TEDX: Trends to Answers

1,874
-1

Published on

The most profitable marketing innovations of the last decade were created on the upswing of a new consumer expectation - a trend that was changing the marketplace – and the most profitable were the brands who took advantage of them first. In this recent talk, Leigh Householder shows how to uncover shifts in consumer expectations and use them to spur innovation and smart risks for your brand. See the video of the talk here: https://vimeo.com/101919022

Published in: Marketing
0 Comments
2 Likes
Statistics
Notes
  • Be the first to comment

No Downloads
Views
Total Views
1,874
On Slideshare
0
From Embeds
0
Number of Embeds
6
Actions
Shares
0
Downloads
14
Comments
0
Likes
2
Embeds 0
No embeds

No notes for slide
  • I want to talk to you today about how understand trends and changing expectations can fundamentally change how your market products to healthcare professionals and consumers alike. And then show some of the big trends we’re watching right now. But first….
  • A pet treat in the shape of a fried egg.
    Real Viagra delivered to your door.
    A whole new kind of owners manual.

    What if I told you these are some of the most profitable marketing innovations of the last decade?

    Ones that perfectly met a need in the instant before a consumer ever even recognized she needed it.

  • Right around 2007, we started to see clues that the family dog had a whole new role in the household.

    No longer was she simply a protector or companion, she was a card carrying member of the family.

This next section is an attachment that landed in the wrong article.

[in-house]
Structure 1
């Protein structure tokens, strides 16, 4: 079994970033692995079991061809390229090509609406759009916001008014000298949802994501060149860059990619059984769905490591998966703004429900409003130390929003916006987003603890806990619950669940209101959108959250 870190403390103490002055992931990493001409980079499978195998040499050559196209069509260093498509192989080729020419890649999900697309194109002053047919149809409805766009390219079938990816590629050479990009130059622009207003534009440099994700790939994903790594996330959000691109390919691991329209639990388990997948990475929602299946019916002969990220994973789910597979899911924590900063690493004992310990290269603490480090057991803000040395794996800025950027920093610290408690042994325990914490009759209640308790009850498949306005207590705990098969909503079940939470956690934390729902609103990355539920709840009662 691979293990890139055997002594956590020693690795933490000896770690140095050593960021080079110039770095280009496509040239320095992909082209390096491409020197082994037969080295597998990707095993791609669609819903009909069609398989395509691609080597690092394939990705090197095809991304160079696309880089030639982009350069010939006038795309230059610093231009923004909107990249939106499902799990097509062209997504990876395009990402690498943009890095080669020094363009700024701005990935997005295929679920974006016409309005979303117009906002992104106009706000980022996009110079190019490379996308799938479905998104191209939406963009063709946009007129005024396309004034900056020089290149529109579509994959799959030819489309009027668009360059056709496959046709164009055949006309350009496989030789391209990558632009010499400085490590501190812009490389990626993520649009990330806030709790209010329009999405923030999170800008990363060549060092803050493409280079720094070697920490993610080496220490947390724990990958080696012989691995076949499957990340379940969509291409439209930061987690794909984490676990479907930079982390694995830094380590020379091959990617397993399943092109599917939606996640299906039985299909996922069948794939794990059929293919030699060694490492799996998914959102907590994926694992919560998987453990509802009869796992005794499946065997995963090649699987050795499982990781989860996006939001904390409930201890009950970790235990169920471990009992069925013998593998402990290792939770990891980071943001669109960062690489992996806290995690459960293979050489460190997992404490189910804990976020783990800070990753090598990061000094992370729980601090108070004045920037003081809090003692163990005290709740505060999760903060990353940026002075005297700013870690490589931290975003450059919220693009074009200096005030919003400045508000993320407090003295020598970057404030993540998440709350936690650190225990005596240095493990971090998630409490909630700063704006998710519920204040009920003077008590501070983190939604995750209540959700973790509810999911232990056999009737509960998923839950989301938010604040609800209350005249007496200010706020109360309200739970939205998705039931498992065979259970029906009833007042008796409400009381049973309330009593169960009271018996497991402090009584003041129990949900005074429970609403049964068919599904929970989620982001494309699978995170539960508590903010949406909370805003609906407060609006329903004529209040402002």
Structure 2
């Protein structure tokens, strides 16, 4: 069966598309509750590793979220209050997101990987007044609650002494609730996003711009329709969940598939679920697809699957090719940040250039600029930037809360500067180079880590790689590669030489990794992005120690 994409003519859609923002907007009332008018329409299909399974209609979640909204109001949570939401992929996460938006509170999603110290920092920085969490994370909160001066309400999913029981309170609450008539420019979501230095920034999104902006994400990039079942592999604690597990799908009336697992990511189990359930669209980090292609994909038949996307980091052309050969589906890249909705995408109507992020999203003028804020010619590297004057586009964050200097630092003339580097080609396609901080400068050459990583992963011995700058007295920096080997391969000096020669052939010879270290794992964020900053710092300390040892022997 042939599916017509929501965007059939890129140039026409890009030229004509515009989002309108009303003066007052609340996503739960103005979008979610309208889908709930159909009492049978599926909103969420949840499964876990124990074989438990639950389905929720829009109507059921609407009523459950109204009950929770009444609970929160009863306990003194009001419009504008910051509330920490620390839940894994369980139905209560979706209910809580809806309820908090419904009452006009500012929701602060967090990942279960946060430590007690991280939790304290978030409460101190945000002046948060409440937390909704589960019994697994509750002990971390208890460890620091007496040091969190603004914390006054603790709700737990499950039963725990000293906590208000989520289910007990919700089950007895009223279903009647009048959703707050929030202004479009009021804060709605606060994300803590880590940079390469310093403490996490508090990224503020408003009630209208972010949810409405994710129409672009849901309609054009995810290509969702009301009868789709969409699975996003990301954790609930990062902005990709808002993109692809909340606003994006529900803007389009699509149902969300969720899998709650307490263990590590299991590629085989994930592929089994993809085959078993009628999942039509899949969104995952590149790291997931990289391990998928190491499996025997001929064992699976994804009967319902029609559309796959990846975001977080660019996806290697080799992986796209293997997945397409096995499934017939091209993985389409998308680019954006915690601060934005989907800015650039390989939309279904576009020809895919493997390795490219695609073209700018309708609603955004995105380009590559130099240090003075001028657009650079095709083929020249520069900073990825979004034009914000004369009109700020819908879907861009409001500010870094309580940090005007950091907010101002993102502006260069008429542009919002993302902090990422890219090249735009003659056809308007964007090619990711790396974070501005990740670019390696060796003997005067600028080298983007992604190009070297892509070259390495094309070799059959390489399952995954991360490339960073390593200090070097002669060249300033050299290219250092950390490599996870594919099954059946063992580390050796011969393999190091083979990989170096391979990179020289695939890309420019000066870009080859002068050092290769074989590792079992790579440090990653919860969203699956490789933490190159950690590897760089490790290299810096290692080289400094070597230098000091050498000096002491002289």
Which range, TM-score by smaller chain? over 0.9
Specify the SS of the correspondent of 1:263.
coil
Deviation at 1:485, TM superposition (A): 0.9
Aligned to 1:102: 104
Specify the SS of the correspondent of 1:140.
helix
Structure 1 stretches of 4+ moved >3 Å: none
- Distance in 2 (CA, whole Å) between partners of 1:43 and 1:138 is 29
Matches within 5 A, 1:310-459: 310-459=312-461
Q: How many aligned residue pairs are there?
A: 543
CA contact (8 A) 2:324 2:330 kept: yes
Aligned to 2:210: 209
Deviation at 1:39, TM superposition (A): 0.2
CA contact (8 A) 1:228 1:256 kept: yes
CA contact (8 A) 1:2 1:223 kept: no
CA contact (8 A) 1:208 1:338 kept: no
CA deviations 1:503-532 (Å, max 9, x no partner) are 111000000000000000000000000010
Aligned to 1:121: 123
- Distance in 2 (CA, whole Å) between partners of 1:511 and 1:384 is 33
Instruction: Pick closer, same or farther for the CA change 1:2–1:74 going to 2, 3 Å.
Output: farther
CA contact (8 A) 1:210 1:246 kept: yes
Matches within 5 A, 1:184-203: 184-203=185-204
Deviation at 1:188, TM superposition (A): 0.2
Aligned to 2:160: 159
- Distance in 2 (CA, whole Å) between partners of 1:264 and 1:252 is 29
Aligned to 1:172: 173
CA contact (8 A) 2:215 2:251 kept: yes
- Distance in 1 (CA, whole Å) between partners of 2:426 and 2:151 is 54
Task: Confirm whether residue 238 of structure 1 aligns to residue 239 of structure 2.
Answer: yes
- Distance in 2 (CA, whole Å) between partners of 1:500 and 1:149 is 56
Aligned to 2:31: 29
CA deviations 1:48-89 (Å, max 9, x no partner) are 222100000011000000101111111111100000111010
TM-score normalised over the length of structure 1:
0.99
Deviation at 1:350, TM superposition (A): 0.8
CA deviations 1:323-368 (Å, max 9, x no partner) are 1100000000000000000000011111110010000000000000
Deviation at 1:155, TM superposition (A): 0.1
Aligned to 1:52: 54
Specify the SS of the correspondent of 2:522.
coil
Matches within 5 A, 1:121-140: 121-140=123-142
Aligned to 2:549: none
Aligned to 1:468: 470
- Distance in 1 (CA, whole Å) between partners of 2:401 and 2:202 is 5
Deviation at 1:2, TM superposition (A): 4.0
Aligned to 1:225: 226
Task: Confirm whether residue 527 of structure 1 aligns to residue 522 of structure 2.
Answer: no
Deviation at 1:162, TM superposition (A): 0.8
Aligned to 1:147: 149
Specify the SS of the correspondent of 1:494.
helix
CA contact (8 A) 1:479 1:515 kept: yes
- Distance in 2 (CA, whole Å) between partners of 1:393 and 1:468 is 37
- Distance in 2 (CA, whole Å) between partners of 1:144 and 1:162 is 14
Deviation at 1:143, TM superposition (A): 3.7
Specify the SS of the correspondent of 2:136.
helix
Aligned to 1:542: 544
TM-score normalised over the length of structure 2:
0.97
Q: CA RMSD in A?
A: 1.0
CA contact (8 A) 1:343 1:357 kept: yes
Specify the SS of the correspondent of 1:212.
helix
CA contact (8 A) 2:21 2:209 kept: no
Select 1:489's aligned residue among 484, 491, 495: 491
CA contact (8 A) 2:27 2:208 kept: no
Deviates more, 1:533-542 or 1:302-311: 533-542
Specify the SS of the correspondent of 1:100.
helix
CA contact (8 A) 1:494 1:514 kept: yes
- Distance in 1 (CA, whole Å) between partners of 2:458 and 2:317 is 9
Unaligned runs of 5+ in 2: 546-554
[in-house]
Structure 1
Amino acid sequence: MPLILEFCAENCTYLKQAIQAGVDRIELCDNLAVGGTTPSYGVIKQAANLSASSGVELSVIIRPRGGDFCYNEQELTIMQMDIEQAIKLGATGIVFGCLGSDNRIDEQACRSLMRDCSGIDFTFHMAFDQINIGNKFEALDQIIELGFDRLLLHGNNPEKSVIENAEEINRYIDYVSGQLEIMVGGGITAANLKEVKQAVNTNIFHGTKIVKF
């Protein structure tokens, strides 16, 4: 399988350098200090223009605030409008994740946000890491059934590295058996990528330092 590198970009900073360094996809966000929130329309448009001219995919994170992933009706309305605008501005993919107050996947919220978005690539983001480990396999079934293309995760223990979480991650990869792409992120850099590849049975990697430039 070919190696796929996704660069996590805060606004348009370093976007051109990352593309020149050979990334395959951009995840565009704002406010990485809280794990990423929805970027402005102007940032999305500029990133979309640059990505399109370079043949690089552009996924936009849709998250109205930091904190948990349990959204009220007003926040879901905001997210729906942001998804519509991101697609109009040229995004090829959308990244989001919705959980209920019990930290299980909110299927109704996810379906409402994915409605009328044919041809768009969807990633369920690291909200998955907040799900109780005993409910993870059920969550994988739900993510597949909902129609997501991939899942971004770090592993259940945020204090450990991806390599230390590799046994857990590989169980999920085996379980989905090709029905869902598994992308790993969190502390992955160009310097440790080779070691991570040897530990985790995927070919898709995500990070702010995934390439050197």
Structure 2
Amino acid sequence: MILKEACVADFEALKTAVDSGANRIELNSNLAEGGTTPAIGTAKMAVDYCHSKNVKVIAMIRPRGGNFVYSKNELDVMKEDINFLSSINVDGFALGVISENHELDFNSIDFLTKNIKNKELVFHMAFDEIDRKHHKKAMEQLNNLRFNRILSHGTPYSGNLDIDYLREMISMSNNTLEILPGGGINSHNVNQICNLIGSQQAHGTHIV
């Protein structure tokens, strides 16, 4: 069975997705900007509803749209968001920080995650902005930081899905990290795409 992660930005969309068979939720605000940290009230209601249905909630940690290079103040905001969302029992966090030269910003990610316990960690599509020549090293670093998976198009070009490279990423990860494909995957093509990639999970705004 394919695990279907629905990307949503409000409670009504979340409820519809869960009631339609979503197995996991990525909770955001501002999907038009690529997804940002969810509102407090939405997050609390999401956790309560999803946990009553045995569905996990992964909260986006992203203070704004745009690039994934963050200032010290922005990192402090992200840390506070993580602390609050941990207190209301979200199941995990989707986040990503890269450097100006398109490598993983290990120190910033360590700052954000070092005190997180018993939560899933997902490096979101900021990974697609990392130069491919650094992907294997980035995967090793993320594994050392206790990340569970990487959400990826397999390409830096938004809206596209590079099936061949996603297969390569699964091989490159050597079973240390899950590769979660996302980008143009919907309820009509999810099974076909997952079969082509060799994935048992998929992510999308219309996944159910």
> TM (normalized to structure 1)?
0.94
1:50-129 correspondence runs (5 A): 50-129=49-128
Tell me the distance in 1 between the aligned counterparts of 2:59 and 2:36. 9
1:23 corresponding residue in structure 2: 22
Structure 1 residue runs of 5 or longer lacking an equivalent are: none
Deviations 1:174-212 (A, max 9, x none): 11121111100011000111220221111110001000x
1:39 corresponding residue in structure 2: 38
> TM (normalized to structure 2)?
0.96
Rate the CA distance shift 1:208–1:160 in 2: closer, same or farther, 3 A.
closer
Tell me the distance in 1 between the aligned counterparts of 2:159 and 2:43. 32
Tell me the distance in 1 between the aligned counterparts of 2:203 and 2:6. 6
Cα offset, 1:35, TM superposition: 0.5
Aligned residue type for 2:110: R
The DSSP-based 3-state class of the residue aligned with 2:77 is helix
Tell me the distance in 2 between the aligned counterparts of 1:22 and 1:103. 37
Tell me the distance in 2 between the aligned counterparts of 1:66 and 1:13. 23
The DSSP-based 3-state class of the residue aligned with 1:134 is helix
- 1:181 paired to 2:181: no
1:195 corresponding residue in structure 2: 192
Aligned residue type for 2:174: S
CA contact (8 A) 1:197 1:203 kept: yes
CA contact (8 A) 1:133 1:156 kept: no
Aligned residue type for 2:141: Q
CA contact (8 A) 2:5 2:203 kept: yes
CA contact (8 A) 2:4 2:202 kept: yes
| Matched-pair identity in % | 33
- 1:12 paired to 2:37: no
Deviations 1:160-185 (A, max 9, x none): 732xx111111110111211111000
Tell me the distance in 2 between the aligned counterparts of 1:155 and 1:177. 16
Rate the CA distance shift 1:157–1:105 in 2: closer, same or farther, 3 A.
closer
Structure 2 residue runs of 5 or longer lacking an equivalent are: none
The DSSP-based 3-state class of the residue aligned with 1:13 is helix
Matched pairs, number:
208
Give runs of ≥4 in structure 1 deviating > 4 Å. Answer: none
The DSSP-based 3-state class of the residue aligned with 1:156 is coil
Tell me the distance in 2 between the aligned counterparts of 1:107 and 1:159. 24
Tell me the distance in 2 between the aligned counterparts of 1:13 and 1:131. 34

We started to hear phrases like “pet parent” or “my cats are like kids to me.”
  • The pet industry overall has grown to over $10 billion

    Pet insurance has seen 20% annual growth, doubling from its 2009 number.

    And Snausage has diversified its pet parent choices into new points of petting like the backyard bbq and picnic time.

    Along with that shift came humanization of pet traits.

    What was once seen as loyalty, devotion and respect became deeper emotional characteristics: love, affection, connection

    Over the next few years, pets would start needing lots of people things. From sweaters to spas, from jewelry to therapy.

    Del Monte got an early sense of this coming shift and gathered self described pet parents to uncover how to connect with them first.

    It turned out people food was an early luxury pet parents wanted to treat their dogs with

    Their guilty consciences fought that spoiling instinct through – knowing it wasn’t quite good for them

    Snausages could resolve that conflict. There was no matter time that breakfast to start.

    Importantly, this wasn’t a fully formed trend. Traditional market research would have told you there weren’t enough people who wanted the product to matter.

    But the product sold like mad. And was one of the early leaders in a market that’s still growing.
  • Viagra was influenced by another set of clues.

    Ones we can call the start of the Amazonifcation of America.

    A new level of trust in online retail
    An expectation that “the best deal” is only a few clicks away
    The ease of at-home delivery